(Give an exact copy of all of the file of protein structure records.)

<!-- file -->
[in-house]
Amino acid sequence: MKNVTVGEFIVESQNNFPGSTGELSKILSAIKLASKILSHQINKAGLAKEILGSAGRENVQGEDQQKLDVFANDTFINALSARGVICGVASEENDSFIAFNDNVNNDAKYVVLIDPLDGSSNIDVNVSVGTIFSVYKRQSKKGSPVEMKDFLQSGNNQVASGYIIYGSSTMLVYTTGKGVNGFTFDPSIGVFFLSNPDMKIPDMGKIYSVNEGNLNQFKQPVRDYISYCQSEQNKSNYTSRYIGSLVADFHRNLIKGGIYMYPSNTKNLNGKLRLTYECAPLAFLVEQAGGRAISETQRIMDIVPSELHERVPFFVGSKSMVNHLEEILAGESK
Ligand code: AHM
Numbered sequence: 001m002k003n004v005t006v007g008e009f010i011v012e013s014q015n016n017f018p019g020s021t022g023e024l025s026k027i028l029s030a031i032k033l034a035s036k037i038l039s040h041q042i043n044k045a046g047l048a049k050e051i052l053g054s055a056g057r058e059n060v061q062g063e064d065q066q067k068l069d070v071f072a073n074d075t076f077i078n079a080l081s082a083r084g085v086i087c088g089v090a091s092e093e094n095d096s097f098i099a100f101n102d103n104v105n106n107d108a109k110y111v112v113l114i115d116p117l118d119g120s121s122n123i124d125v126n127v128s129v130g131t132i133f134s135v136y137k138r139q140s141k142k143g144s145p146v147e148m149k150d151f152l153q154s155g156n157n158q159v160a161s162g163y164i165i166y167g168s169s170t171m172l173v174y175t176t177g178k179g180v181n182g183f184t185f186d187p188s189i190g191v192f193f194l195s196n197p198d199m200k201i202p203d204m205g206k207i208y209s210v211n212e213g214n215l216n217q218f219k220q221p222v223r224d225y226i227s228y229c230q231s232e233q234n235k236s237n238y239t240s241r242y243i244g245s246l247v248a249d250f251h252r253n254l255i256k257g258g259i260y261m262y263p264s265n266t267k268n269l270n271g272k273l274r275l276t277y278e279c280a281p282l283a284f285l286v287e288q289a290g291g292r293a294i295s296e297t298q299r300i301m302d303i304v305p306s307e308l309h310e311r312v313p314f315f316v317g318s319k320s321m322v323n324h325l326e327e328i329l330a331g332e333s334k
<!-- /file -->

[in-house]
Amino acid sequence: MKNVTVGEFIVESQNNFPGSTGELSKILSAIKLASKILSHQINKAGLAKEILGSAGRENVQGEDQQKLDVFANDTFINALSARGVICGVASEENDSFIAFNDNVNNDAKYVVLIDPLDGSSNIDVNVSVGTIFSVYKRQSKKGSPVEMKDFLQSGNNQVASGYIIYGSSTMLVYTTGKGVNGFTFDPSIGVFFLSNPDMKIPDMGKIYSVNEGNLNQFKQPVRDYISYCQSEQNKSNYTSRYIGSLVADFHRNLIKGGIYMYPSNTKNLNGKLRLTYECAPLAFLVEQAGGRAISETQRIMDIVPSELHERVPFFVGSKSMVNHLEEILAGESK
Ligand code: AHM
Numbered sequence: 001m002k003n004v005t006v007g008e009f010i011v012e013s014q015n016n017f018p019g020s021t022g023e024l025s026k027i028l029s030a031i032k033l034a035s036k037i038l039s040h041q042i043n044k045a046g047l048a049k050e051i052l053g054s055a056g057r058e059n060v061q062g063e064d065q066q067k068l069d070v071f072a073n074d075t076f077i078n079a080l081s082a083r084g085v086i087c088g089v090a091s092e093e094n095d096s097f098i099a100f101n102d103n104v105n106n107d108a109k110y111v112v113l114i115d116p117l118d119g120s121s122n123i124d125v126n127v128s129v130g131t132i133f134s135v136y137k138r139q140s141k142k143g144s145p146v147e148m149k150d151f152l153q154s155g156n157n158q159v160a161s162g163y164i165i166y167g168s169s170t171m172l173v174y175t176t177g178k179g180v181n182g183f184t185f186d187p188s189i190g191v192f193f194l195s196n197p198d199m200k201i202p203d204m205g206k207i208y209s210v211n212e213g214n215l216n217q218f219k220q221p222v223r224d225y226i227s228y229c230q231s232e233q234n235k236s237n238y239t240s241r242y243i244g245s246l247v248a249d250f251h252r253n254l255i256k257g258g259i260y261m262y263p264s265n266t267k268n269l270n271g272k273l274r275l276t277y278e279c280a281p282l283a284f285l286v287e288q289a290g291g292r293a294i295s296e297t298q299r300i301m302d303i304v305p306s307e308l309h310e311r312v313p314f315f316v317g318s319k320s321m322v323n324h325l326e327e328i329l330a331g332e333s334k